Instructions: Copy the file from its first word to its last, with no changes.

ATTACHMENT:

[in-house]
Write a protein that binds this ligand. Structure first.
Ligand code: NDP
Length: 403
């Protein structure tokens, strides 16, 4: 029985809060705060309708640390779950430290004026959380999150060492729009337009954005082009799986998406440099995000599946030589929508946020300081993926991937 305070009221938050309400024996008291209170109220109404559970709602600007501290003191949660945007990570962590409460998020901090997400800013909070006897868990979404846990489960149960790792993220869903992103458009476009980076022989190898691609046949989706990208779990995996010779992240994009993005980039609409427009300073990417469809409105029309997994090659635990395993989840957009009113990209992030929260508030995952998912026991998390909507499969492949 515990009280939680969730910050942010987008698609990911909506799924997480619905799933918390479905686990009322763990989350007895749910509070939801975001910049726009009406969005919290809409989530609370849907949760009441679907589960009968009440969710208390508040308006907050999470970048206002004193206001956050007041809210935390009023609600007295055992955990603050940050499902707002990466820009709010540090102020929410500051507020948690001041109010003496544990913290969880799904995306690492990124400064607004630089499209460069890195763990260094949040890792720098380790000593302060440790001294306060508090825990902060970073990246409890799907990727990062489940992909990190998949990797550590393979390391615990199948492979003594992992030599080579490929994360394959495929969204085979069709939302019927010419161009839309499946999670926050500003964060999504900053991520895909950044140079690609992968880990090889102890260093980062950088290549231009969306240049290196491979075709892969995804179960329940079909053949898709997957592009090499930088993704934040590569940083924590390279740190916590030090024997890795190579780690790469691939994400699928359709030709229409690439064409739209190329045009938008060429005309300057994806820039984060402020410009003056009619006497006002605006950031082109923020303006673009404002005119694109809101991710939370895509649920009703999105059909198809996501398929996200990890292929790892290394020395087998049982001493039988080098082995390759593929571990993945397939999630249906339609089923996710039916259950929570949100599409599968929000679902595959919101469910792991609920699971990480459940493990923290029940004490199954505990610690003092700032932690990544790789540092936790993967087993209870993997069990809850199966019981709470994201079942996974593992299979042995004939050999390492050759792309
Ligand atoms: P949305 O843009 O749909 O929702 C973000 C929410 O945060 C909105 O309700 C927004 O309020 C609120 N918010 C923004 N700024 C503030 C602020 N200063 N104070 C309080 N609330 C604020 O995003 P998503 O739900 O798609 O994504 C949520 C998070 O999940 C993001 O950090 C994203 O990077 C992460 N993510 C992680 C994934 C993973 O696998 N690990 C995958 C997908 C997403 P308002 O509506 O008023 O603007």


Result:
[in-house]
Write a protein that binds this ligand. Structure first.
Ligand code: NDP
Length: 403
């Protein structure tokens, strides 16, 4: 029985809060705060309708640390779950430290004026959380999150060492729009337009954005082009799986998406440099995000599946030589929508946020300081993926991937 305070009221938050309400024996008291209170109220109404559970709602600007501290003191949660945007990570962590409460998020901090997400800013909070006897868990979404846990489960149960790792993220869903992103458009476009980076022989190898691609046949989706990208779990995996010779992240994009993005980039609409427009300073990417469809409105029309997994090659635990395993989840957009009113990209992030929260508030995952998912026991998390909507499969492949 515990009280939680969730910050942010987008698609990911909506799924997480619905799933918390479905686990009322763990989350007895749910509070939801975001910049726009009406969005919290809409989530609370849907949760009441679907589960009968009440969710208390508040308006907050999470970048206002004193206001956050007041809210935390009023609600007295055992955990603050940050499902707002990466820009709010540090102020929410500051507020948690001041109010003496544990913290969880799904995306690492990124400064607004630089499209460069890195763990260094949040890792720098380790000593302060440790001294306060508090825990902060970073990246409890799907990727990062489940992909990190998949990797550590393979390391615990199948492979003594992992030599080579490929994360394959495929969204085979069709939302019927010419161009839309499946999670926050500003964060999504900053991520895909950044140079690609992968880990090889102890260093980062950088290549231009969306240049290196491979075709892969995804179960329940079909053949898709997957592009090499930088993704934040590569940083924590390279740190916590030090024997890795190579780690790469691939994400699928359709030709229409690439064409739209190329045009938008060429005309300057994806820039984060402020410009003056009619006497006002605006950031082109923020303006673009404002005119694109809101991710939370895509649920009703999105059909198809996501398929996200990890292929790892290394020395087998049982001493039988080098082995390759593929571990993945397939999630249906339609089923996710039916259950929570949100599409599968929000679902595959919101469910792991609920699971990480459940493990923290029940004490199954505990610690003092700032932690990544790789540092936790993967087993209870993997069990809850199966019981709470994201079942996974593992299979042995004939050999390492050759792309
Ligand atoms: P949305 O843009 O749909 O929702 C973000 C929410 O945060 C909105 O309700 C927004 O309020 C609120 N918010 C923004 N700024 C503030 C602020 N200063 N104070 C309080 N609330 C604020 O995003 P998503 O739900 O798609 O994504 C949520 C998070 O999940 C993001 O950090 C994203 O990077 C992460 N993510 C992680 C994934 C993973 O696998 N690990 C995958 C997908 C997403 P308002 O509506 O008023 O603007």